Human Rights Day is observed by the international community every year on 10 December. It commemorates the day in 1948 the United Nations General Assembly adopted the Universal Declaration of Human Rights.
The formal inception of Human Rights Day dates from 1950, after the Assembly passed resolution 423 (V) inviting all States and interested organizations to adopt 10 December of each year as Human Rights Day.
When the General Assembly adopted the Declaration, it was proclaimed as a “common standard of achievement for all peoples and all nations”, towards which individuals and societies should “strive by progressive measures, national and international, to secure their universal and effective recognition and observance”.
The Universal Declaration of Human Rights sets out a broad range of fundamental rights and freedoms to which all of us are entitled. It guarantees the rights of every individual everywhere, without distinction based on nationality, place of residence, gender, national or ethnic origin, religion, language, or any other status.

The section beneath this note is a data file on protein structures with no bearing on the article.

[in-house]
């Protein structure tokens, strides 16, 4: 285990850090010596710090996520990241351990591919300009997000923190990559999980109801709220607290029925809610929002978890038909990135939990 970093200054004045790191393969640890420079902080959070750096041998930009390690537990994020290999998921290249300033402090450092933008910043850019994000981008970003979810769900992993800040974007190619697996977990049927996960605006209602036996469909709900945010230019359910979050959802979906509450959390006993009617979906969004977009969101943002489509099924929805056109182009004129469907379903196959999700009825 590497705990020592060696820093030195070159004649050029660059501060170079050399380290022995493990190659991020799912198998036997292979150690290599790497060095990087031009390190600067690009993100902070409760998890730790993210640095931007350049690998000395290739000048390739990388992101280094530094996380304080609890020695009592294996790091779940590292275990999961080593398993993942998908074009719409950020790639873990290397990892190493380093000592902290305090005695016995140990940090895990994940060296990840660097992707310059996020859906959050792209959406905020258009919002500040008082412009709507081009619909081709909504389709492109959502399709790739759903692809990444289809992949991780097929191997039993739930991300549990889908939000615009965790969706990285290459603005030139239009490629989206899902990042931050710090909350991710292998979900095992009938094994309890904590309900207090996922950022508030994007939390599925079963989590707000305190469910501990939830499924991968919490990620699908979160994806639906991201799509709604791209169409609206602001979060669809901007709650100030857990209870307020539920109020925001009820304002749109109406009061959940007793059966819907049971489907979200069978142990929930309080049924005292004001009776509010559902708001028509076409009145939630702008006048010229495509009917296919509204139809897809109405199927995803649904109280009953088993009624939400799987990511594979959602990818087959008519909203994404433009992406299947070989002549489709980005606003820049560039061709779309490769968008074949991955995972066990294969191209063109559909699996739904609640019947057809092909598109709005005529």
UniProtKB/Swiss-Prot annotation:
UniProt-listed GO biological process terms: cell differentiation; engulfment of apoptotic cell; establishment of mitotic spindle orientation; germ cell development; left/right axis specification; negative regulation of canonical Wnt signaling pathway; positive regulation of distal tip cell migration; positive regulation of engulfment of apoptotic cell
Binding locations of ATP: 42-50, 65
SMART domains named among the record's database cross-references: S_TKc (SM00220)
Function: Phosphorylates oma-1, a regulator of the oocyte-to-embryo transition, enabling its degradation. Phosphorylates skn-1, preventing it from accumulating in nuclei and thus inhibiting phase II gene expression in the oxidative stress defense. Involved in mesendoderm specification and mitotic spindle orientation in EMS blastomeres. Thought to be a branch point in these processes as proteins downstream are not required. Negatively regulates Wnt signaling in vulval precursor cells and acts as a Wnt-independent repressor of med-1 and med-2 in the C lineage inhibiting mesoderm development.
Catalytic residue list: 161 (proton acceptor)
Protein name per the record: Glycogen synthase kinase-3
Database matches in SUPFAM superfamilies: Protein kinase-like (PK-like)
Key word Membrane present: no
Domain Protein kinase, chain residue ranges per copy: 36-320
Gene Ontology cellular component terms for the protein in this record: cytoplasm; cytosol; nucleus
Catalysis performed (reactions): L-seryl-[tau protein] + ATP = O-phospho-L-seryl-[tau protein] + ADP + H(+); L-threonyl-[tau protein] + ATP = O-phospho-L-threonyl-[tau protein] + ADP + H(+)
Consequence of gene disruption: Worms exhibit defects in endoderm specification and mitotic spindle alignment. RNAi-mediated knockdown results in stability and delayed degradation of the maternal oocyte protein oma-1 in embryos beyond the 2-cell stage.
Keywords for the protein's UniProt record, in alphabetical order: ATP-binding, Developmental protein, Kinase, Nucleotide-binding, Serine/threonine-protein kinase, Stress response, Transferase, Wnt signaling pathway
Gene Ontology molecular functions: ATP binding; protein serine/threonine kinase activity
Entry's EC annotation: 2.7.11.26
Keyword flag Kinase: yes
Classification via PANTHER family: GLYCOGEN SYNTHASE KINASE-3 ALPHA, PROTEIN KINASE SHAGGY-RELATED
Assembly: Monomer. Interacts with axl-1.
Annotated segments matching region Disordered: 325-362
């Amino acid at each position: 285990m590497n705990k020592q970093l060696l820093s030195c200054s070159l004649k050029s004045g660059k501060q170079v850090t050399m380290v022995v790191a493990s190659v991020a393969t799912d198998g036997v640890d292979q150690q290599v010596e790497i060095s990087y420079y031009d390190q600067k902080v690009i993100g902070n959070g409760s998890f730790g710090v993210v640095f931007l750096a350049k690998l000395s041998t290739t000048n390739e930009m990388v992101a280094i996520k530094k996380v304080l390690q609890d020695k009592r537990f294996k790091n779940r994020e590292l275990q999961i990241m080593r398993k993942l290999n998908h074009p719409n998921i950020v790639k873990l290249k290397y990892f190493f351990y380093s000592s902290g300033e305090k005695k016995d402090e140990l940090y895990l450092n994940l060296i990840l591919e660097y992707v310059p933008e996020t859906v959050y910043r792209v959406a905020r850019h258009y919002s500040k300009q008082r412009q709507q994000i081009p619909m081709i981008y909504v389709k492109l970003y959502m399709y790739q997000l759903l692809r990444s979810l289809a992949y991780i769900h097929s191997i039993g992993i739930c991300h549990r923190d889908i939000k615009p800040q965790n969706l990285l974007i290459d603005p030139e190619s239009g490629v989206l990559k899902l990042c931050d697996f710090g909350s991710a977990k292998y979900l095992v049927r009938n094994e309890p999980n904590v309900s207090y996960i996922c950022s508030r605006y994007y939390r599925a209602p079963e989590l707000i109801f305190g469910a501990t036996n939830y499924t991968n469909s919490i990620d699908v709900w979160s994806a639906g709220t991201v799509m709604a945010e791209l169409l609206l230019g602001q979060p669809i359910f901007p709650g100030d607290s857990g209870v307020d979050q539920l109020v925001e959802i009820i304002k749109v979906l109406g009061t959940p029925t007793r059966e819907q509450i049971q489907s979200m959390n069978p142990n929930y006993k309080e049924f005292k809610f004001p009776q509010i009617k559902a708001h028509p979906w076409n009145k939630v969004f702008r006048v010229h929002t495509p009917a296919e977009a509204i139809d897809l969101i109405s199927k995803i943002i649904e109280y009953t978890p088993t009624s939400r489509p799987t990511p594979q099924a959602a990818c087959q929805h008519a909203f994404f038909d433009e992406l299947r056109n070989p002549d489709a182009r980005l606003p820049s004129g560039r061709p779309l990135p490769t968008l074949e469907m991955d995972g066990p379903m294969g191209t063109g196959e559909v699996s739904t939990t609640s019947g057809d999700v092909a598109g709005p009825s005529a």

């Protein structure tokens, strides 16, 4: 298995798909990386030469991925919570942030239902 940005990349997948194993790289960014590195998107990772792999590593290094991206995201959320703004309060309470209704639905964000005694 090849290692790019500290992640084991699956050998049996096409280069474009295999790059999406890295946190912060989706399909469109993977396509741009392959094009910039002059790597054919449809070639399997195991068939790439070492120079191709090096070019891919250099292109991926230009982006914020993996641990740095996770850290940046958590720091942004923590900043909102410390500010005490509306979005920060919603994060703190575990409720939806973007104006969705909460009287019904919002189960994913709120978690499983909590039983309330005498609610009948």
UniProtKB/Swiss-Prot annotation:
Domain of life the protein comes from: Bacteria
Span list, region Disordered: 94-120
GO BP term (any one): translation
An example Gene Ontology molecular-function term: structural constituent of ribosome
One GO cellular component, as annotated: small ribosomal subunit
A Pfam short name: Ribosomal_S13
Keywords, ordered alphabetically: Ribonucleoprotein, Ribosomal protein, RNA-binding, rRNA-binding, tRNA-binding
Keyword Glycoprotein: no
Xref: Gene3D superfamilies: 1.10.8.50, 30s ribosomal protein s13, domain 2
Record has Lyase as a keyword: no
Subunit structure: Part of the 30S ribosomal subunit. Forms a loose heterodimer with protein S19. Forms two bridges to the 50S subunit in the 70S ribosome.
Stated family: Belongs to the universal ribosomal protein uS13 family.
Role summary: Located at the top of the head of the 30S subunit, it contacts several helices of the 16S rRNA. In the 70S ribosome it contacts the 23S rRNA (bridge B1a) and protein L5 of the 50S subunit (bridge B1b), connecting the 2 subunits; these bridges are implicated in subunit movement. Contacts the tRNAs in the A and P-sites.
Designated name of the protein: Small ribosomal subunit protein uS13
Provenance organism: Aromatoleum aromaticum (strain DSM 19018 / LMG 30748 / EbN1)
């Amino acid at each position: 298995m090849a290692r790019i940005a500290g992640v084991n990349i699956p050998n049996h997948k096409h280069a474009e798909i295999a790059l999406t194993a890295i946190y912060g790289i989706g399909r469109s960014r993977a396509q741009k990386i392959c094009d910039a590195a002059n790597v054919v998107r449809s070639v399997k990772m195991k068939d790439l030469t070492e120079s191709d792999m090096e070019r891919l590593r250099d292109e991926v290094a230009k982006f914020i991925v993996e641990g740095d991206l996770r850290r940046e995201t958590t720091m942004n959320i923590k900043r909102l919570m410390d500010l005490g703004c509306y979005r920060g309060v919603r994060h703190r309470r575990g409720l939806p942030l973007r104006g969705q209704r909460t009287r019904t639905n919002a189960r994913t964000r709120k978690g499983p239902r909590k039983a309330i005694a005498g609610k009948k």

Although the Declaration is not a binding document, it inspired more than 60 human rights instruments which together constitute an international standard of human rights. Today the general consent of all United Nations Member States on the basic Human Rights laid down in the Declaration makes it even stronger and emphasizes the relevance of Human Rights in our daily lives.
The High Commissioner for Human Rights, as the main United Nations rights official, and the Office of the High Commissioner play a major role in coordinating efforts for the yearly observation of Human Rights Day.